I was recently engaged in a search in which very few people in the US are qualified: under 15, to be exact. Interesting enough, the final candidate pool consisted of 2 qualified individuals – a male stepping into the role and a female with a few more years of experience than the male co-candidate. Several rounds of negotiation ensued with both candidates and the end result didn’t surprise me: The male candidate ended up negotiating his compensation to a level more senior than the more experienced female. The male got the job.
“I had a job to do so I did it”, is what my stepdad told me about being a 20 something year old dropped into the middle of Vietnam. He never really talked about Vietnam much but I knew that my stepdad was a true patriot.
Yesterday, as I showed up to the office late, not as put together as I would have liked and otherwise flooding with emotion over personal “nonsense”, she offered another piece of advice that I will keep in my arsenal as I move forward in my career. Interestingly enough, it is one I’ve heard her say to candidates in the past as they consider job offers so that they may not make any decisions with a distracted mind: “The biggest life moves are marriage, children, home buying and career moves. Take a minute. Sleep on it.” I translated this message into the following:
While we love a woman who is articulate, sharp and assertive, we hate to see them fall victim to poor body language. Whether you are the Head Honcho or trying to land that first career defining role, what you say is just as important as what you DON’T say. Below are a few pointers to keep in mind when trying to become an employee, or trying to manage a team of them.
Positioning Yourself in a Conversation While Standing:
It is important to let your audience know you are interested in what they have to say. Squaring your feet, torso and chest with a supervisor or person in charge is a great way to non-verbally assign respect to that person’s position. Make sure to keep your feet close together as a wider stance could signal a desire for domination or automatically jumping on “offense”.
Crossing Your Arms:
If you pay attention throughout the day of how you stand or sit, you may find that you cross your arms simply because it’s comfortable. While this may be an easy way to give your shoulders a break, it can be a sign of a “standoff-ish” attitude and make you seem unapproachable. As a leader, you want your team to be comfortable engaging with you. This increases company morale, and can lead to some excellent team conversations.
You might think you’re presenting confidently like this:
But most people are going to see or feel this:
Opening your hands during a conversation:
Many of us speak with our hands. It is important to be mindful of how aggressively you are using your hands when speaking to or presenting to an audience. Keeping your hands between waist and chest height is a good rule of thumb to begin. Next, extend your arms with palms up and fingers open to show a sign of welcomed input and engagement. Closed fists and flailing arms can be intimidating and distracting.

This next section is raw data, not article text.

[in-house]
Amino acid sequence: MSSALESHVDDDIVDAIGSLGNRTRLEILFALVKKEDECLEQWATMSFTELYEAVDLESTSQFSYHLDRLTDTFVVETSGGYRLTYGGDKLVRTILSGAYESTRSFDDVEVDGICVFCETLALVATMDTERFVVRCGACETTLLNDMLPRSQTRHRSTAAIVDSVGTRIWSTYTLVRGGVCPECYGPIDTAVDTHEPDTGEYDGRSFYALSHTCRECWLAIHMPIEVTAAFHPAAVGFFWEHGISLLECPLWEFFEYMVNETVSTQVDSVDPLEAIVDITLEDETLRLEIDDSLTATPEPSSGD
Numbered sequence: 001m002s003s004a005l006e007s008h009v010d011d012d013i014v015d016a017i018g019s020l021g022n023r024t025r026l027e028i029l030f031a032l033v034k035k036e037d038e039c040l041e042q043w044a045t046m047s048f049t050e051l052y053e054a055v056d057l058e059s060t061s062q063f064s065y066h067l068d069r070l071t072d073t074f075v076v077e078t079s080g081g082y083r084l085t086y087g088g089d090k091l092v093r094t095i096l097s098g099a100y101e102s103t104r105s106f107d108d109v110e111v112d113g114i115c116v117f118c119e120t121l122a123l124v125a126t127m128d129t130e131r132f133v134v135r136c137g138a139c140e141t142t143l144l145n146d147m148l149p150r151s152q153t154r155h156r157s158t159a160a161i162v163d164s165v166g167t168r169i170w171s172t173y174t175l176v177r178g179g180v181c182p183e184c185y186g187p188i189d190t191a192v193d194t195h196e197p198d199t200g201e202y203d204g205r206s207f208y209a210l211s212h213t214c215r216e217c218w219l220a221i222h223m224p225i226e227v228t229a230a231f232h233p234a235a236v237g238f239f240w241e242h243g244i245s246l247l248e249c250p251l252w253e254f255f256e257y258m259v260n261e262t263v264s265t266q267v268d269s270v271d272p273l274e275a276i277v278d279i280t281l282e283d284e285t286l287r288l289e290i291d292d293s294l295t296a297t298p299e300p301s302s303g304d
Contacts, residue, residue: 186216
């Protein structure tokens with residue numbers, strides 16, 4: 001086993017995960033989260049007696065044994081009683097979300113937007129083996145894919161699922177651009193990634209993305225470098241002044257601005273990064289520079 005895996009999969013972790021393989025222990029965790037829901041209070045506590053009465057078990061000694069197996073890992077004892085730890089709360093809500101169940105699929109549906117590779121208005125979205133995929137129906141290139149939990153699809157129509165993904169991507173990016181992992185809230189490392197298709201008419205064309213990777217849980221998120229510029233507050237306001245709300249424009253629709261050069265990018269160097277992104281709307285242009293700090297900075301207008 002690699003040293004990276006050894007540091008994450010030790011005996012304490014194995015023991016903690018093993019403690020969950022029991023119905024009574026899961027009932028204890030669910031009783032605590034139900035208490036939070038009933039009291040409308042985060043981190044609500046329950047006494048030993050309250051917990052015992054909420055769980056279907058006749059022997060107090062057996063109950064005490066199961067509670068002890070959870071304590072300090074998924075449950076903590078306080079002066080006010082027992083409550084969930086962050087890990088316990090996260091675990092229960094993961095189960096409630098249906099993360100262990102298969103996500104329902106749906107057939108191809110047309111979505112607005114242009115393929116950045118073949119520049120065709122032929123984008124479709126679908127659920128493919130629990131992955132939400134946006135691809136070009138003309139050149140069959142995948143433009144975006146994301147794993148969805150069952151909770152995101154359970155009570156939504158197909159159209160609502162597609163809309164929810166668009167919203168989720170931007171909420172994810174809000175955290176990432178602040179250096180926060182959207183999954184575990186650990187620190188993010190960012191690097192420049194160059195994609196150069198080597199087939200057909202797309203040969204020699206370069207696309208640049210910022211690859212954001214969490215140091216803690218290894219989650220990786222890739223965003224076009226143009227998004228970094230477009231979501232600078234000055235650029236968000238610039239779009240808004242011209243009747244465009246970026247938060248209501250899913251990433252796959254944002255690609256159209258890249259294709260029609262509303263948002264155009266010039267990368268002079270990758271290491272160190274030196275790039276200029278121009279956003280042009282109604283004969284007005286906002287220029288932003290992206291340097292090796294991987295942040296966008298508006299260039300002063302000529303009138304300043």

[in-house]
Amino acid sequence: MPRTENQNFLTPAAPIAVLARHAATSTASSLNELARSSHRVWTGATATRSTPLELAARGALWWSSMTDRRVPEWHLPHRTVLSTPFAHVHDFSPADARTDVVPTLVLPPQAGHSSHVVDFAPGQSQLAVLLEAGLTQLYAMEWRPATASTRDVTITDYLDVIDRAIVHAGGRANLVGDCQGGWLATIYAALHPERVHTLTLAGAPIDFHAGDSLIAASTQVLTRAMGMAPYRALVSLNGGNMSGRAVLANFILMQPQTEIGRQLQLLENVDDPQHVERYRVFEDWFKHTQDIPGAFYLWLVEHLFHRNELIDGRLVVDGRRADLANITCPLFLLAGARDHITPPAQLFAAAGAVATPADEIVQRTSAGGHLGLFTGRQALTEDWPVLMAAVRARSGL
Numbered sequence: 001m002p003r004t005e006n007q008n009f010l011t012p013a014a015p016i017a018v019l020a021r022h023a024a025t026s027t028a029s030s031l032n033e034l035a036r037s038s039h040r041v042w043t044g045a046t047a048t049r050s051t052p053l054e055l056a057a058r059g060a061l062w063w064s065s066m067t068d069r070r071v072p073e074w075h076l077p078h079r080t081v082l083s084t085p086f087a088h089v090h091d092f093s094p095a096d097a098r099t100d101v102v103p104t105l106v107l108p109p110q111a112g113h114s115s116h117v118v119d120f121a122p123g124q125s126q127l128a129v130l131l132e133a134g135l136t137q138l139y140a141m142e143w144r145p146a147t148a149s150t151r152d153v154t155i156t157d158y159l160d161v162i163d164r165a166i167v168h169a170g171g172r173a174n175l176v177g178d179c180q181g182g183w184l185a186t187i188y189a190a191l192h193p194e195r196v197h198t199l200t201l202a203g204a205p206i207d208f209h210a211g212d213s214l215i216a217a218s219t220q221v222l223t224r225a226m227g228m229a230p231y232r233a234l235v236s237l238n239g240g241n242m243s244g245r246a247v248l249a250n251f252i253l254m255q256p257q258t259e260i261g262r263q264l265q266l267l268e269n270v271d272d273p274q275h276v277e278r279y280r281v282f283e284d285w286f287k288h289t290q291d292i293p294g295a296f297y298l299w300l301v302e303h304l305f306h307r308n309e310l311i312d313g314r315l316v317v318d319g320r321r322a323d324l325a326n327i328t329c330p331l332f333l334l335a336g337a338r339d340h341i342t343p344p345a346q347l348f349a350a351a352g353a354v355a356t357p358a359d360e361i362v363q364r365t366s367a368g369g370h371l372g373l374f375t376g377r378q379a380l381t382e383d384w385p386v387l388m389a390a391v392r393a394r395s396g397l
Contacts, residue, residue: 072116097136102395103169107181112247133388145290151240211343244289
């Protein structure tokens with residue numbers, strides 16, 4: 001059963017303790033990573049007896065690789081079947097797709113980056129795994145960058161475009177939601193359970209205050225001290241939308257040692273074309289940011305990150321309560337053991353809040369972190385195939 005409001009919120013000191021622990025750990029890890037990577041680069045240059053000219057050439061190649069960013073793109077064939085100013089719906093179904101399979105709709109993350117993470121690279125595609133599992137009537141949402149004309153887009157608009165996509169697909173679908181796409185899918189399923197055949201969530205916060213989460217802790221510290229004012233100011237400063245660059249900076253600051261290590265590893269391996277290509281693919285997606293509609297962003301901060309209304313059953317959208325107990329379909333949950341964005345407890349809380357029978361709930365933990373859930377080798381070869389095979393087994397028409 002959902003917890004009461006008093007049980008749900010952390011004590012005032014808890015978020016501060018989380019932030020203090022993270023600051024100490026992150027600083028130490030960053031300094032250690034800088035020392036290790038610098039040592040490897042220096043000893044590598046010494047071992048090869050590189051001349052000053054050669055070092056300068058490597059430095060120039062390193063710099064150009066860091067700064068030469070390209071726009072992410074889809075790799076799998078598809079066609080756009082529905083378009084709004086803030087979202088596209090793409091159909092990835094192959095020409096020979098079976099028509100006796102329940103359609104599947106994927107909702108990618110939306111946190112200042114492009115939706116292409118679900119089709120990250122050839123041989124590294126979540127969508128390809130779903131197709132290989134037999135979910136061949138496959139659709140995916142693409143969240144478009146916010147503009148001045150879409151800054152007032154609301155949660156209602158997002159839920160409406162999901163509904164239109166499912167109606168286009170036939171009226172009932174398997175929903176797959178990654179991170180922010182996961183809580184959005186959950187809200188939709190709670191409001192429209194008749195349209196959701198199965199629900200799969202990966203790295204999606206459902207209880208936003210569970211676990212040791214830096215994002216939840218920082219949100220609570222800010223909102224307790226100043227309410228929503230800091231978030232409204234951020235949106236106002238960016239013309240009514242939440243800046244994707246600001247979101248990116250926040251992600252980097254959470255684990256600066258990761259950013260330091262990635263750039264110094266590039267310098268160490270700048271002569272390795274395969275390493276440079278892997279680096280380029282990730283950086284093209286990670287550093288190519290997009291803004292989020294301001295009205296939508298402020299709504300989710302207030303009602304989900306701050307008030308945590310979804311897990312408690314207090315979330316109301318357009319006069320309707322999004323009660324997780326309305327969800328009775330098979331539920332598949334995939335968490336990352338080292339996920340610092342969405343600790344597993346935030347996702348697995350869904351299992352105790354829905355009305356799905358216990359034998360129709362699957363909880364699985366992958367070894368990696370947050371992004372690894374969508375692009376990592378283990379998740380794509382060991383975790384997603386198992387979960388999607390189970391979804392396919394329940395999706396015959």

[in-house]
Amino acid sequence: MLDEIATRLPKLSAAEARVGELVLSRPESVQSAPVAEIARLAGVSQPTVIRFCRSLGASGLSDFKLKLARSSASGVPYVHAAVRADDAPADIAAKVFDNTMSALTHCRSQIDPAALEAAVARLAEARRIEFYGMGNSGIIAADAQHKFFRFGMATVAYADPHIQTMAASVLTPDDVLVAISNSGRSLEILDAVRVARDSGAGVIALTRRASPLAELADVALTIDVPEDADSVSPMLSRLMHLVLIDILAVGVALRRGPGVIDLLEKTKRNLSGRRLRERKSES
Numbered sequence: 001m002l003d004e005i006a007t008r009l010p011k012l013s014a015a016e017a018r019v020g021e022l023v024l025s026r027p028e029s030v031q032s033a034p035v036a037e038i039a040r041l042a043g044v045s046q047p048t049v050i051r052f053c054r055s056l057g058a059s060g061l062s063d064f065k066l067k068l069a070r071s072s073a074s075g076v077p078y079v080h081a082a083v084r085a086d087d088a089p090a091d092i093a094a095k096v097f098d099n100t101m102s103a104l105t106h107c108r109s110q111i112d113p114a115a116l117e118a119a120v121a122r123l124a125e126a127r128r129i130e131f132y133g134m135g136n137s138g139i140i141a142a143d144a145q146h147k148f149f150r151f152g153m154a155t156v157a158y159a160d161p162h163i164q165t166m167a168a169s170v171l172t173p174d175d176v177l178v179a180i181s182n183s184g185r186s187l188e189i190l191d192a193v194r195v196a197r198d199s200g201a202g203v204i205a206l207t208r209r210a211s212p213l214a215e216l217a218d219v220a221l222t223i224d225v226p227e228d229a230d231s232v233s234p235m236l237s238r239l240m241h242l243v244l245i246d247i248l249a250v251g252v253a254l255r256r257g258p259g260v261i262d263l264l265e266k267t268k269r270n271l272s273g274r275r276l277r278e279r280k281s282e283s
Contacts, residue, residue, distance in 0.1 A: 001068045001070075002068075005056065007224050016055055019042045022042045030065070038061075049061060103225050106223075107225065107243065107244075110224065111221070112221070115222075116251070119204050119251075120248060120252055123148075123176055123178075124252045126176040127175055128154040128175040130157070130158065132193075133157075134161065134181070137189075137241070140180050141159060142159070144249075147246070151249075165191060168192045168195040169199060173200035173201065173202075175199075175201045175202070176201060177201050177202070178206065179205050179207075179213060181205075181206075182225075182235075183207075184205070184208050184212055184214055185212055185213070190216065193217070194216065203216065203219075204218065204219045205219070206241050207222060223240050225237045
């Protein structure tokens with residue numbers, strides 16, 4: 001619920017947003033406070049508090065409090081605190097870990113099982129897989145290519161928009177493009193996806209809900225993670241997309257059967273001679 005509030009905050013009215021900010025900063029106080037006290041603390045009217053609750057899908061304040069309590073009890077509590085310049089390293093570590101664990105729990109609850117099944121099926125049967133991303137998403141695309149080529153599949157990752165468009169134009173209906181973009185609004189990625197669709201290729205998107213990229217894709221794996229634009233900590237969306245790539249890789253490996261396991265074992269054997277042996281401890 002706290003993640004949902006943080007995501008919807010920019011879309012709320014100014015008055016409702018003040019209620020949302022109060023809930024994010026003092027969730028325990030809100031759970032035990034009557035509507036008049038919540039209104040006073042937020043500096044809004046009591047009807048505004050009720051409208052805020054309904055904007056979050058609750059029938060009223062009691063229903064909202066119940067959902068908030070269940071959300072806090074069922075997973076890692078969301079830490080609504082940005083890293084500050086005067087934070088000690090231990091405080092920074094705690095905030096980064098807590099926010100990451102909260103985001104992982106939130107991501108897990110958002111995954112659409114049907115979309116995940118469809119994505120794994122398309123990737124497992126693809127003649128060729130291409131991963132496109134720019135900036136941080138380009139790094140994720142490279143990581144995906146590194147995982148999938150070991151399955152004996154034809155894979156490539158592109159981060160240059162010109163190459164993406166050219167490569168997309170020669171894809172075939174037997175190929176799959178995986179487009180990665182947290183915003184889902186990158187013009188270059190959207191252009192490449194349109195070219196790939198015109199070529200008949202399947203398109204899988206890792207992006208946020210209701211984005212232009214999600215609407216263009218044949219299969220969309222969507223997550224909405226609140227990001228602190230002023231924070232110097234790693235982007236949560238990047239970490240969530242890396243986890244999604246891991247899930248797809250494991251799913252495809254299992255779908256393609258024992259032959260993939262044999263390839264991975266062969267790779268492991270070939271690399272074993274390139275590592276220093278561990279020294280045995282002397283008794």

Present with Pride:
While many of us are able to identify the obvious “do’s and don’t’s” (chewing gum, tapping fingers, shaking legs etc), we often fall short on how we present when we think people are not watching. Standing in a room full of people, it is often easy to let our posture relax. This can be one of the worst mistakes you make in theses social situations. Whether you like it or not, someone is always watching. So if you’re the CEO or the new hire, make sure you present with shoulders back, a level chin and confident presence. Make the middle point in a room your lowest point of vision. If no one is engaging with you, start to move around the room; do not stand and start to sway as this will make you look like you are lacking confidence or you are anxious. Simply put, present like the boss is watching. You got this!
Fall is a great time to start getting out the sweaters, boots and heavy coats. It’s also a great time to start incorporating other fabrics into your wardrobe. Leather (or pleather if you prefer) can be a tricky one, especially in the context of office wear.
During our shopping trip to Ann Taylor, we found two pieces that incorporate “pleather” in this case, without being over the top or trashy looking. The first piece is a shift dress with a wide block of pleather across the neckline, creating flared sleeves on either side. The rest of the dress is a flat black. This is a great mix of both fabrics without being too loud or in your face. (P)Leather is best when it’s not clinging to your skin, rather, a little looser and free moving.
The singular color leaves a lot of room for a patterned heel or earring, but be sure to keep it toned down and “calm” for the office.
If this much (p)leather is too much for you, try incorporating it as an accent fabric. Below, this Ann Taylor grey 3/4 sleeve shift dress uses leather around the neckline and pockets. This is a great way to add some flare to an otherwise pretty basic shift dress. A pair of black (p)leather pumps finish off the look and tie in the trim on the dress perfectly; making for a simple to put together look for fall.